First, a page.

NASUWT COMMENTS ON ‘TROJAN HORSE’ INVESTIGATION REPORT
Commenting on the publication of the independent Report of Ian Kershaw, commissioned by Birmingham City Council into the ‘Trojan Horse’ letter, Chris Keates, General Secretary of the NASUWT, the largest teachers’ union in the UK, said:
“This very detailed Report confirms that there is no evidence that schools in Birmingham have been infiltrated by extremists or have become breeding grounds for terrorism and radicalisation.
“What the Report highlights is that the excessive freedoms and flexibilities given to schools by the Coalition Government have resulted in the diminution of the role of local authorities and lack of clear systems of national and local oversight and monitoring. Consequently, the school system is at the mercy of poor governance and leadership and management practices.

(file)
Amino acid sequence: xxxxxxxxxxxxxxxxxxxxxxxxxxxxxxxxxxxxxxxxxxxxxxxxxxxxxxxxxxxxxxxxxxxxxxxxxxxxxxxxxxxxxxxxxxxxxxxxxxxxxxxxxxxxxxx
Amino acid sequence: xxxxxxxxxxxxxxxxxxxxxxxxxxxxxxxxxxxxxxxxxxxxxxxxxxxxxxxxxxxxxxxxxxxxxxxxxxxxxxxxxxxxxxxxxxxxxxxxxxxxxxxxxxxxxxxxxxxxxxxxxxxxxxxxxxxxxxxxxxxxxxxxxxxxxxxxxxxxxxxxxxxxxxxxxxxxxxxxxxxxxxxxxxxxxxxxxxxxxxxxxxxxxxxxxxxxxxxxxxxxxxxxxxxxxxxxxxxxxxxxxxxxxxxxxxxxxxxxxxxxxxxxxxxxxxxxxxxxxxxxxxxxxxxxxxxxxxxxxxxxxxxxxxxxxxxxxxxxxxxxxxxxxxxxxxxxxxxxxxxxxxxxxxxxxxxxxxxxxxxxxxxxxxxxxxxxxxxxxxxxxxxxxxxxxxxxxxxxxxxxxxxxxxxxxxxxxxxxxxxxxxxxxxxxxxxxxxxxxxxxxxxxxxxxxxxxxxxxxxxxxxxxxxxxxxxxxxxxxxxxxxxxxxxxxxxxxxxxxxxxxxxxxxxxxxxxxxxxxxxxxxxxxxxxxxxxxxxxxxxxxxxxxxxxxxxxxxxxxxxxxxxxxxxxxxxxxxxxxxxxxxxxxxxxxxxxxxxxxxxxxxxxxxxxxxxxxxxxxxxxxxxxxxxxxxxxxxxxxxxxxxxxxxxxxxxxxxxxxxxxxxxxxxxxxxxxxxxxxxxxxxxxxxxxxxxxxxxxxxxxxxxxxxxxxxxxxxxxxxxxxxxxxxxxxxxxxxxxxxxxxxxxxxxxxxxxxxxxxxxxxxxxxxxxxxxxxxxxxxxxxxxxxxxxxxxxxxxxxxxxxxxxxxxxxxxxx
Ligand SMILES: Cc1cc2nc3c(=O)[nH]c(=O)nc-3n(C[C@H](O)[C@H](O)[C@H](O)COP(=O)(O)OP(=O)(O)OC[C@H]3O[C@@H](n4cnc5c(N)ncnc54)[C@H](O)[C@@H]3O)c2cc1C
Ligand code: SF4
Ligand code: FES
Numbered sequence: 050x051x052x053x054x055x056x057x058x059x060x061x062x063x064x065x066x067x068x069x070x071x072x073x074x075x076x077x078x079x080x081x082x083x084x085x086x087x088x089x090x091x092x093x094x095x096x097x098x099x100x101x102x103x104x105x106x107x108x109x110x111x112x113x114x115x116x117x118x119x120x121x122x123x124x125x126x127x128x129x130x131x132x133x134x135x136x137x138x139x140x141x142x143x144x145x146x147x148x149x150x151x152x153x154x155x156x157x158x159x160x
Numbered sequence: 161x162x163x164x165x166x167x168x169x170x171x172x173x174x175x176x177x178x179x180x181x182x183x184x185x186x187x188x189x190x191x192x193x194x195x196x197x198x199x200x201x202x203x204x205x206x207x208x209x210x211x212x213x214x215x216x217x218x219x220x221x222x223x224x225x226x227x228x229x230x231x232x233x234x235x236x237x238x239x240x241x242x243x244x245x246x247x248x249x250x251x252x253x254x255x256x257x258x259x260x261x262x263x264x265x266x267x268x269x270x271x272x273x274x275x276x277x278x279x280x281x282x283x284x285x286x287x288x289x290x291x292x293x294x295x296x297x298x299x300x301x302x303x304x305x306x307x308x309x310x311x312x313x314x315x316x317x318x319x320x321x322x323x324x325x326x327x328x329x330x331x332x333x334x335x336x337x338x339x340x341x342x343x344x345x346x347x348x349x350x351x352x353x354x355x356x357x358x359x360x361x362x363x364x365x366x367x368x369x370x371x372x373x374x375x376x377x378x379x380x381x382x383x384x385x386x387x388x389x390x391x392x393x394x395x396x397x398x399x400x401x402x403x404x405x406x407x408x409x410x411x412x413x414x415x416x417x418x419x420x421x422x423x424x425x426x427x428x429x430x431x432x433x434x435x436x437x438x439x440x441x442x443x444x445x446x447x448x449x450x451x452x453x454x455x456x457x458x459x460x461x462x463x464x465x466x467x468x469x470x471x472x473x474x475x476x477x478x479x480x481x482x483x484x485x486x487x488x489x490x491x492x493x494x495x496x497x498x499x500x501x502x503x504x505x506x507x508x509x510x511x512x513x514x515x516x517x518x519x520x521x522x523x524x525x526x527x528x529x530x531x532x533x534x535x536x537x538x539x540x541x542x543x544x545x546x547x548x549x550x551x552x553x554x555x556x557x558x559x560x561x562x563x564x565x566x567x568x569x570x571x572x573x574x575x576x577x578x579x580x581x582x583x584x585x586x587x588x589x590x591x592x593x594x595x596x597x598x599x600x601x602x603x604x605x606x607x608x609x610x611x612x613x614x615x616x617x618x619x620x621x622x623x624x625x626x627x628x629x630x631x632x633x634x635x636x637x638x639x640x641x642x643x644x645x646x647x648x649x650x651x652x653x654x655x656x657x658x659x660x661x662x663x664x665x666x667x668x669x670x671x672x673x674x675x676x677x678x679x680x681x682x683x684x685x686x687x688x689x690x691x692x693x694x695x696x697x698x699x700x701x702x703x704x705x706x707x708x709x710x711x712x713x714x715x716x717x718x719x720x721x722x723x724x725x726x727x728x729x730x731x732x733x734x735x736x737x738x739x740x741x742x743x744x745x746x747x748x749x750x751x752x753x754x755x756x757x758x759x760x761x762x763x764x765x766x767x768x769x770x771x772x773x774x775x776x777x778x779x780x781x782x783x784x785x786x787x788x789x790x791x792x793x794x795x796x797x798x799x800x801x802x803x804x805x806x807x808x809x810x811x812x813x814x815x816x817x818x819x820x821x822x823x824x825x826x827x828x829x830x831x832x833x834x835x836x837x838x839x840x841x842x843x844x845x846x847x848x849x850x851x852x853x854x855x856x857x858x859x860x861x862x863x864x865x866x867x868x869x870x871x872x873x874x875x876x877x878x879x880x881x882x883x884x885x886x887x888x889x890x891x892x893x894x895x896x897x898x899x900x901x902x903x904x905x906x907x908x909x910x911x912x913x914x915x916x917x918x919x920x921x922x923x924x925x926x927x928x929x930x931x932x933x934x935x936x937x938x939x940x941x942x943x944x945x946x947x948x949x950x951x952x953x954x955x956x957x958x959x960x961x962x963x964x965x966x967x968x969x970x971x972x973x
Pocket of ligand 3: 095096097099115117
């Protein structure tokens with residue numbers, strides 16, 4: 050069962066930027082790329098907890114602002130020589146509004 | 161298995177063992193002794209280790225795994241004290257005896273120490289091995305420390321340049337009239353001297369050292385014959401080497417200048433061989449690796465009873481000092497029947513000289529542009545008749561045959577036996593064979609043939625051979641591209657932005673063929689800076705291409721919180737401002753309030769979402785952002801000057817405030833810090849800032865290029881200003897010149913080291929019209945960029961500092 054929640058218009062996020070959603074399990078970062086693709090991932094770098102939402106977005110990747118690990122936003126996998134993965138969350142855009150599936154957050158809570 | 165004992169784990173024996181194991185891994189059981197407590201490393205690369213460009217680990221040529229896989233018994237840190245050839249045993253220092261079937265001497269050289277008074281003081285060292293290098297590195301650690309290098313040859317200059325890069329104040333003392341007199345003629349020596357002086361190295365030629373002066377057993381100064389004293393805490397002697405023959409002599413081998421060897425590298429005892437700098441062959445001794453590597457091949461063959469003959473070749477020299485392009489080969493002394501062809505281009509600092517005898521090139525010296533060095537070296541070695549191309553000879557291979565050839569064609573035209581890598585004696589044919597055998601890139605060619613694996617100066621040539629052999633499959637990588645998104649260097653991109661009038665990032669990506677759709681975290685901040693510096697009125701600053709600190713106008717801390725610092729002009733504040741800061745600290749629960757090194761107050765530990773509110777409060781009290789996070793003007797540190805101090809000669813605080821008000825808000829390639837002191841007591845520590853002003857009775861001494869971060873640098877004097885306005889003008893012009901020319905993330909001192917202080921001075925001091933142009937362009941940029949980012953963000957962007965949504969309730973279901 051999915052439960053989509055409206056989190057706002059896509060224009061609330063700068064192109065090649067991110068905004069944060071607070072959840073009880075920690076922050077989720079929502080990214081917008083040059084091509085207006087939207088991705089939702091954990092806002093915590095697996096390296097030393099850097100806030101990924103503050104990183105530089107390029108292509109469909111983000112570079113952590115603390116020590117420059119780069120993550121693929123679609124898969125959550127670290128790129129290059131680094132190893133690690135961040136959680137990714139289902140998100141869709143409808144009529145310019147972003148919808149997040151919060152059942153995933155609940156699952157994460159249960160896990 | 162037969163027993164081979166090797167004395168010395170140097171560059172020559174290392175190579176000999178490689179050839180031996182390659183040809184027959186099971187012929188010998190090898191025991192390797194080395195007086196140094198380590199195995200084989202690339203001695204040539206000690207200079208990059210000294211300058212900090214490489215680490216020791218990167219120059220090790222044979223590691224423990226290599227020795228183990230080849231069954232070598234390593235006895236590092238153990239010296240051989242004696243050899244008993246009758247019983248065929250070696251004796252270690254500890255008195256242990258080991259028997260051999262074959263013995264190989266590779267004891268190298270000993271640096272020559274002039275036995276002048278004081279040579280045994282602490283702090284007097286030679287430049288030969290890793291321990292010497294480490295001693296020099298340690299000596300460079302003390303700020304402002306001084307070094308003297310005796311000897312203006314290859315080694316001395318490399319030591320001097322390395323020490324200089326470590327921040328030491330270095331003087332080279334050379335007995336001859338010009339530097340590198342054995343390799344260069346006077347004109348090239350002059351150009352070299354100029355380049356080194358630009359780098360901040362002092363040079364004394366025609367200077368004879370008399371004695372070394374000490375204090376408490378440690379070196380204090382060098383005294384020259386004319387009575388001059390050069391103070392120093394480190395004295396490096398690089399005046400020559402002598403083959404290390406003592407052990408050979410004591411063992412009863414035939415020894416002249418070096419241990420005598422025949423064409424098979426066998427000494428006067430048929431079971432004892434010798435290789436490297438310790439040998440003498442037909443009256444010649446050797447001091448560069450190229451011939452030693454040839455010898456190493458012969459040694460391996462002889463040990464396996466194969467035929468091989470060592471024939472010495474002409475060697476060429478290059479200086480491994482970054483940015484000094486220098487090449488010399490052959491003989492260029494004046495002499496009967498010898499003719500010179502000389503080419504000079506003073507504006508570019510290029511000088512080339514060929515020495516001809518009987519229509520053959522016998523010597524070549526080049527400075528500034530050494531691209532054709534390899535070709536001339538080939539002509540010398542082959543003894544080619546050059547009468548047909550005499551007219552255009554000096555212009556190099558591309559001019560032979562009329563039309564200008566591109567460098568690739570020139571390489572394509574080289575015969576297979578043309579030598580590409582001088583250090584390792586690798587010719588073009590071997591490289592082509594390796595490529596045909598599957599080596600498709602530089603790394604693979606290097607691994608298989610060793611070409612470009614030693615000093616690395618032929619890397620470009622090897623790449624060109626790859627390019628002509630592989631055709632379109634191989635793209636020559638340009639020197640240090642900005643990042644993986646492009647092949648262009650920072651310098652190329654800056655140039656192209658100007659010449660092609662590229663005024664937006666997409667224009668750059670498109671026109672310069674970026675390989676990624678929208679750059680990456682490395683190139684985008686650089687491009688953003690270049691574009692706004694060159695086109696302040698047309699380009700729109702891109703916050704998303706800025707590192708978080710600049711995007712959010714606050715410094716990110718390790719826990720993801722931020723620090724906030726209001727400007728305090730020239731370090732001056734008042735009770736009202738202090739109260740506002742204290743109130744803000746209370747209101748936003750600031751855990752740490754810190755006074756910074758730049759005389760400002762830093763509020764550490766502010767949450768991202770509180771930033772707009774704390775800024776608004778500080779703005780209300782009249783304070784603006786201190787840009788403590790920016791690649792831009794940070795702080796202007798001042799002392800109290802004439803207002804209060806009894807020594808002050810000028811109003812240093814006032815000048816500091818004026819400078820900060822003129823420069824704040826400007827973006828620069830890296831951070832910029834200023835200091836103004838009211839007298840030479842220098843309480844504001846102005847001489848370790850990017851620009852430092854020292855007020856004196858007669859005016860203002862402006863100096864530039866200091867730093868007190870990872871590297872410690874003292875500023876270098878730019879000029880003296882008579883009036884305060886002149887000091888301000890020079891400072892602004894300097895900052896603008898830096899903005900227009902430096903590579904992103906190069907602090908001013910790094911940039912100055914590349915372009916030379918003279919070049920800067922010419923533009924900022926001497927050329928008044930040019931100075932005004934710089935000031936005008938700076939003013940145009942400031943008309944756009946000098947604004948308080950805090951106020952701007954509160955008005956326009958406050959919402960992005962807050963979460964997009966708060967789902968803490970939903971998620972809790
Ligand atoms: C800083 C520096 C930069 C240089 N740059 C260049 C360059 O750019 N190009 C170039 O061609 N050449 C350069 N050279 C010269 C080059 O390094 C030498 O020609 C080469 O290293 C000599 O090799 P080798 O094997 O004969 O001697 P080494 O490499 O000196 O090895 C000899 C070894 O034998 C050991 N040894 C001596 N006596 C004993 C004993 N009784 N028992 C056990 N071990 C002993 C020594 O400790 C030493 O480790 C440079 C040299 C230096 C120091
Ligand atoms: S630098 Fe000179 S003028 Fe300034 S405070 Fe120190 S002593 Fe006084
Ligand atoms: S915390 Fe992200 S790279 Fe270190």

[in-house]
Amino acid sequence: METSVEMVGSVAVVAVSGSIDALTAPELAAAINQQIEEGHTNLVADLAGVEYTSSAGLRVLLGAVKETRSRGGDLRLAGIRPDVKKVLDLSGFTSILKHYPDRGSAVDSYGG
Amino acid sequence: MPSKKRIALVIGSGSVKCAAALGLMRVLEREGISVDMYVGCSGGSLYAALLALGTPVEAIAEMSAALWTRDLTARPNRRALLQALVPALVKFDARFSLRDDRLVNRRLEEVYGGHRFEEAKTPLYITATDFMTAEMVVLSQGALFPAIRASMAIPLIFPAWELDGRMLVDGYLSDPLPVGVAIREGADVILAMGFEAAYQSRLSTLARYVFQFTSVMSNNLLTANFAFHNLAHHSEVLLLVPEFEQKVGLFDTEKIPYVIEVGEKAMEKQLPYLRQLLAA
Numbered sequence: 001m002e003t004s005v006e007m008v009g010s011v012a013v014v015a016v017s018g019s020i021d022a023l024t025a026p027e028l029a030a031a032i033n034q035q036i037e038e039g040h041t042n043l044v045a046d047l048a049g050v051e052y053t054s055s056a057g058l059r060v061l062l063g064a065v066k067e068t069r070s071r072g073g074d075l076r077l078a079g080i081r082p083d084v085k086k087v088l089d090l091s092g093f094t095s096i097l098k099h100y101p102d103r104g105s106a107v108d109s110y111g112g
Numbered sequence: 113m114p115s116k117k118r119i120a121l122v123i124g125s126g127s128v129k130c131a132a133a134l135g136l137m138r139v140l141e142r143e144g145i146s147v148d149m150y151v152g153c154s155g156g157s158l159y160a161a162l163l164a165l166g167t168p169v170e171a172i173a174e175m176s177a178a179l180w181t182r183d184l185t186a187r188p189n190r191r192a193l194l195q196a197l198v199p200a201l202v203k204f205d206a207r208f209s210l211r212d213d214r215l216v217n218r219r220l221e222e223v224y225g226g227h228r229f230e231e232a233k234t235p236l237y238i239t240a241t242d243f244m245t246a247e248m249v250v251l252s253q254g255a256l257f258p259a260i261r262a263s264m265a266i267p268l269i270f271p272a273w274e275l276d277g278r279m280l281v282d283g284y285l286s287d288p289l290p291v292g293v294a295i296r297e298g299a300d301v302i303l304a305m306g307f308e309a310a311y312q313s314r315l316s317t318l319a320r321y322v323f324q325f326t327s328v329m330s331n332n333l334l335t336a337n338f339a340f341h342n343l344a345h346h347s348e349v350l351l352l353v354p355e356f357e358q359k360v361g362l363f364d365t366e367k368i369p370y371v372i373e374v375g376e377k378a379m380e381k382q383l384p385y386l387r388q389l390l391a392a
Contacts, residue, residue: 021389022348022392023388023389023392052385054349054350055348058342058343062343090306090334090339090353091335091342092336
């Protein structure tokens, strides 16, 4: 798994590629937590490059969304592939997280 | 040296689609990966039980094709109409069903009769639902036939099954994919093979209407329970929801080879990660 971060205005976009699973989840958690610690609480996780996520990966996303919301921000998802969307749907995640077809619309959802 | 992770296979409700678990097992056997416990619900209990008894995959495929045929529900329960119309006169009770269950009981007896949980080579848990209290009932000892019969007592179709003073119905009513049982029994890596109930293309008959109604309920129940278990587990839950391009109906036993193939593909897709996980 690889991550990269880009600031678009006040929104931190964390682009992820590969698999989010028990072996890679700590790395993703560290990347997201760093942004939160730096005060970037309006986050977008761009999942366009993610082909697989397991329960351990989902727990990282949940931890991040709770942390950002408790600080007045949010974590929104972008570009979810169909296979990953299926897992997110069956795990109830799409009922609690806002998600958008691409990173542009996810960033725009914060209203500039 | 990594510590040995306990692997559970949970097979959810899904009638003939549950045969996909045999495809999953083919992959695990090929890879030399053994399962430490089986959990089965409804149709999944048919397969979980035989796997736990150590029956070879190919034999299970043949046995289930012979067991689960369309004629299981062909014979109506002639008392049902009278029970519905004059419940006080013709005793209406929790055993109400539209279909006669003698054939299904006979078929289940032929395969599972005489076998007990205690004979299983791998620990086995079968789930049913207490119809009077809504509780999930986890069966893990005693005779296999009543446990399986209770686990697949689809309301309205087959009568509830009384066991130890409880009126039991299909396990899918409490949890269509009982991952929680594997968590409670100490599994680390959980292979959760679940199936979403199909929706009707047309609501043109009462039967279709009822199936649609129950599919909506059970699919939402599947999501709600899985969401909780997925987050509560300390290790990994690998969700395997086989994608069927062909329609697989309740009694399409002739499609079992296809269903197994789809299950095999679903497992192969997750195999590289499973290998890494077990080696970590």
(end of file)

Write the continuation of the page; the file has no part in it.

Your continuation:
“There is no doubt that the Report highlights some serious concerns which must be addressed as a matter of urgency. The children and young people and the staff in the schools deserve no less. Throughout all of these investigations scant attention has been paid to the stress and trauma staff and pupils have faced.
“The Report highlights examples of financial impropriety, shoddy and unfair recruitment practices and failure of some governors and school leaders to comply with statutory provisions. Such practices have nothing to do with radicalisation but are simply corrupt and inappropriate practices that the lack of scrutiny and monitoring has allowed to flourish.
“There are some sensible suggestions in the recommendations in the Report, but as the majority of schools covered by this investigation are academies, which are the sole responsibility of the Department for Education, Birmingham City Council will be unable to implement them.
“It is a great pity that to get to this point certain communities have been unjustly scapegoated and demonised when it is evident that a significant contributory factor to the problems in these schools is the failure of the Coalition Government, in its haste to marketise and privatise the school system, to exercise due diligence to ensure that schools were fit to self-govern.”